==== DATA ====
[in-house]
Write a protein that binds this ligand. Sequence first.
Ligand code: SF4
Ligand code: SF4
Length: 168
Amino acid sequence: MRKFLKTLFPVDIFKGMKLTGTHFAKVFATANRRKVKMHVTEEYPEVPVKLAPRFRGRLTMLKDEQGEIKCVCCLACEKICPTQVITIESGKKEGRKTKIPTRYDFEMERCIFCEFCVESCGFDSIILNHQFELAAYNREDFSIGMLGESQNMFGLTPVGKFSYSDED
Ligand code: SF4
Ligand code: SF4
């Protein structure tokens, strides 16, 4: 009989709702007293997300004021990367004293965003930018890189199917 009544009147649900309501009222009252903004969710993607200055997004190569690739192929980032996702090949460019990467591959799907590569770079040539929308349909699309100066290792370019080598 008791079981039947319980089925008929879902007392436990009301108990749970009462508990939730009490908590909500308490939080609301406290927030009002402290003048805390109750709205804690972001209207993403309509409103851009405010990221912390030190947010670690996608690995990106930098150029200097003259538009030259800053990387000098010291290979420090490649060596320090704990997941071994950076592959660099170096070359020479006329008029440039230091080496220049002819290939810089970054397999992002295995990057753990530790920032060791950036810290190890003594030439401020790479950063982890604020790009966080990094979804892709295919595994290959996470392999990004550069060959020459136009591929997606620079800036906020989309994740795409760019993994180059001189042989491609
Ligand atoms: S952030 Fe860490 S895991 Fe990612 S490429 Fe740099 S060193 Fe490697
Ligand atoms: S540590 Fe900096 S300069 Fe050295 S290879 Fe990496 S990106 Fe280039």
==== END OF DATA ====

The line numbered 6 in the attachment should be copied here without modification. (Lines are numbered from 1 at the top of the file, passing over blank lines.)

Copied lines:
Amino acid sequence: MRKFLKTLFPVDIFKGMKLTGTHFAKVFATANRRKVKMHVTEEYPEVPVKLAPRFRGRLTMLKDEQGEIKCVCCLACEKICPTQVITIESGKKEGRKTKIPTRYDFEMERCIFCEFCVESCGFDSIILNHQFELAAYNREDFSIGMLGESQNMFGLTPVGKFSYSDED